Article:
2006 Pontiac Solstice Roadster
(from GM Press
Release) Bringing the popular concept car to life, GM announced
production of the Pontiac Solstice roadster as a 2006 model. The vehicle
is expected in dealer showrooms in fall 2005.
First shown as a concept at the 2002 North American International Auto Show (NAIAS) in Detroit, the Solstice immediately gained a huge following, both inside and outside of General Motors. Designed from the ground up in less than four months, the 2002 Solstice concept car promised thrilling, open-air driving freedom in the spirit of the great roadsters of the past.
Built on GM’s new Kappa architecture, the production model remains true to the original Solstice concept, including rear-wheel drive, two-passenger seating and a reverse hinged clamshell hood that opens to reveal a sophisticated double overhead cam variable-valve four-cylinder engine.
“True to the thinking behind the original concept, the production Solstice is all about being a ‘back-to-basics’ roadster with gorgeous lines and fun-to-drive characteristics,” said Bob Lutz, GM vice chairman of product development and chairman of GM North America. “The key enabler of Solstice is the new Kappa rear-wheel-drive architecture and component set, which allows us to rapidly and efficiently develop an appealing family of compact and affordable sports cars.”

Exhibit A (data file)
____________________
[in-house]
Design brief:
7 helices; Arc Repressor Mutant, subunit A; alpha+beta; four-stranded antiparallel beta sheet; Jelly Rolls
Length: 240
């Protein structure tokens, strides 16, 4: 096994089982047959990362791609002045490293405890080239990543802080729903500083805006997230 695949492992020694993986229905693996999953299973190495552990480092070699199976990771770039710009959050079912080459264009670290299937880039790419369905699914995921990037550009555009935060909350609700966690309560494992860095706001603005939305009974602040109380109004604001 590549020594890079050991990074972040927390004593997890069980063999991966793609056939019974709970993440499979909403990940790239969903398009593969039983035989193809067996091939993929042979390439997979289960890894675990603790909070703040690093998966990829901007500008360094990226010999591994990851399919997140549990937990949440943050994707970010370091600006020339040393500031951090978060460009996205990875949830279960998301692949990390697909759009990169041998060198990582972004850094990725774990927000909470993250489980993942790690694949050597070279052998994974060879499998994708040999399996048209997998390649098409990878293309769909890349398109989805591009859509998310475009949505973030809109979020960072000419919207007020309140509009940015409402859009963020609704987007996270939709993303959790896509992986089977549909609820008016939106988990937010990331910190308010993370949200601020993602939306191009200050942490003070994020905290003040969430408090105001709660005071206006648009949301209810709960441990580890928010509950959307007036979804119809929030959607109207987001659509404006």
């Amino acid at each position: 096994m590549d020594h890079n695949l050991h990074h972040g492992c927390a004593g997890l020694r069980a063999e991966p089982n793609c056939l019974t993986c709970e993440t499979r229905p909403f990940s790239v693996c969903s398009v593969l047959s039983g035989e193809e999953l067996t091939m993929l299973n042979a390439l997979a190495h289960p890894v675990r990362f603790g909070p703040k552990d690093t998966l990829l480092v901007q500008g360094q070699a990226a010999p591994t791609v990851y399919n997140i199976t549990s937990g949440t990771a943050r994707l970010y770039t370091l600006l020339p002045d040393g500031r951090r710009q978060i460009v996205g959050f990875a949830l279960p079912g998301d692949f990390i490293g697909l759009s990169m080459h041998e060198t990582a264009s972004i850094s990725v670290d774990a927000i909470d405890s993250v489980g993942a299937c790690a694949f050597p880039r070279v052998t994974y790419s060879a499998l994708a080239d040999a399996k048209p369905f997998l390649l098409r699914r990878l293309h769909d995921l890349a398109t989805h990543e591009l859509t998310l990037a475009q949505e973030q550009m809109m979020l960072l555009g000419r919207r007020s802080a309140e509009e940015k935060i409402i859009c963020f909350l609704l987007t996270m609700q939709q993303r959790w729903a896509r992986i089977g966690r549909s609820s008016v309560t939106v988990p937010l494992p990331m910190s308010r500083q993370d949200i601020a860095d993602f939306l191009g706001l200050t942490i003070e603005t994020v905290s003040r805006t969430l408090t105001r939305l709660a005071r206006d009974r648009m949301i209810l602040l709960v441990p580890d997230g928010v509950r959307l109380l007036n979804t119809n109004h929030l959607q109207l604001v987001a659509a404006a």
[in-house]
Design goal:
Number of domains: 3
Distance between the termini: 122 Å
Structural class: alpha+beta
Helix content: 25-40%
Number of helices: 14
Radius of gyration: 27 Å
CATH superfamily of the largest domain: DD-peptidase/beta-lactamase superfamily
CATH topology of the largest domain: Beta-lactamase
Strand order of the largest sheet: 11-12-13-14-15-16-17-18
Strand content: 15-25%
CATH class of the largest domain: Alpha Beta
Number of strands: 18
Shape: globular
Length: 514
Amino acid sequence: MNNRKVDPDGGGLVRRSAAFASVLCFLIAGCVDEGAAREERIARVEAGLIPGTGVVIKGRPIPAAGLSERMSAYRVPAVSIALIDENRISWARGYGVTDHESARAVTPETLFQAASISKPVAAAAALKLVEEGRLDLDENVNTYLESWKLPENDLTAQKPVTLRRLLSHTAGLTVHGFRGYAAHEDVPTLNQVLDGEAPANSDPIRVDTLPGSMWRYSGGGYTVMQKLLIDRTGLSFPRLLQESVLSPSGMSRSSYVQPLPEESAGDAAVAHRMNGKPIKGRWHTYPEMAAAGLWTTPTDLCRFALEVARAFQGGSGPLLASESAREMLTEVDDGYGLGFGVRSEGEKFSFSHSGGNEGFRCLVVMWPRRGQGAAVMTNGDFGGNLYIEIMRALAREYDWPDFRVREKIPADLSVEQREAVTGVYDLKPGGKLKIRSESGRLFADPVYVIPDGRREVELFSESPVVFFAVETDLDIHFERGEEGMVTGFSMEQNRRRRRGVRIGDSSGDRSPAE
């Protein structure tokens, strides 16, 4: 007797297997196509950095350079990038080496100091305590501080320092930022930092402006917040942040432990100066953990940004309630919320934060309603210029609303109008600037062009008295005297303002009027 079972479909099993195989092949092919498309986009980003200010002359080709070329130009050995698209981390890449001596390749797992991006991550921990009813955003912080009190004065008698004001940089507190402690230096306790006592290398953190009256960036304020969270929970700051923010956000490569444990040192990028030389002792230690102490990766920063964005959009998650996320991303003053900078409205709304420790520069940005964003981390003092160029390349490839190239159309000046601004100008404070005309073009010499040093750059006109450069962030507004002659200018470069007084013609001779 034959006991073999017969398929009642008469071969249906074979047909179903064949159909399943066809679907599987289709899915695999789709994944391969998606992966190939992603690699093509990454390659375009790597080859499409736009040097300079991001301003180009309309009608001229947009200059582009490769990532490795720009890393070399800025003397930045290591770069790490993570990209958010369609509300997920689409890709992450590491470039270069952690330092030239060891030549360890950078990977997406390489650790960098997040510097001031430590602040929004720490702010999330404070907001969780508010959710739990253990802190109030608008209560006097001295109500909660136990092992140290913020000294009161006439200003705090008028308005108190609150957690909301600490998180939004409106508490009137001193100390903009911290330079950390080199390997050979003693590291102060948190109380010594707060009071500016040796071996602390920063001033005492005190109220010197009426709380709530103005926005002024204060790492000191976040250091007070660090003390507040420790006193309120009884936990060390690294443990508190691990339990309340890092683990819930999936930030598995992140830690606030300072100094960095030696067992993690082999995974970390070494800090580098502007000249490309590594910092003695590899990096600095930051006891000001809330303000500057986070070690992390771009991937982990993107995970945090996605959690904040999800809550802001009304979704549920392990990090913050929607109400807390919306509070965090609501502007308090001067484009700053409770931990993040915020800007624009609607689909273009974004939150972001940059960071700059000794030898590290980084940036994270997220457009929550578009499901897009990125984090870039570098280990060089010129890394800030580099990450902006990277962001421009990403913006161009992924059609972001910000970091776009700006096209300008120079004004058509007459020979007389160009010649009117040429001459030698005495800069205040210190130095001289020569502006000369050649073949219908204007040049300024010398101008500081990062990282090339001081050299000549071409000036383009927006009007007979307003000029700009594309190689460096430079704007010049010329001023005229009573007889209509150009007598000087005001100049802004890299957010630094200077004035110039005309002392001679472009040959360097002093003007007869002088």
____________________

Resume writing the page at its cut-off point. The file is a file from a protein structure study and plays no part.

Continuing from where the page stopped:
Emotional Design, Rigid Backbone
Strong response to the 2002 Solstice
concept vehicle helped put the sports car on the fast track to
production. But while the concept was designed with production-style
elements, there was no compact rear-wheel-drive platform at GM on which
to build it. Creating a production version of the concept vehicle
required marrying the Solstice’s curvaceous design to an entirely new
performance body-chassis architecture.
The robust Kappa architecture features state-of-the-art, full-length hydroformed frame rails and a stamped steel structural tunnel to provide a solid structure to enhance vehicle handling.
To ensure an affordable, world-class driving experience, Solstice was created with a clever blend of all-new technology and proven GM components.
Solstice’s power is created by a new 2.4-liter variable-valve version of the Ecotec DOHC four-cylinder engine, producing about 170 horsepower. Its twin-cam, multi-valve design provides stirring, high-revving performance, while the engine’s lightweight, all-aluminum construction helps optimize the vehicle’s front-to-rear balance. At the start of production, Solstice will be offered with a close-ratio Aisin five-speed manual transmission.
“With the concept vehicle, people immediately felt the emotional appeal of Solstice’s design and back-to-basics philosophy - it’s about performance, but in a fun, agile, affordable roadster,” said Lynn Myers, Pontiac-GMC general manager. “All the stops were pulled out to make sure the production model delivers an exhilarating driving experience to capitalize on the ‘promise’ of the Solstice’s design.”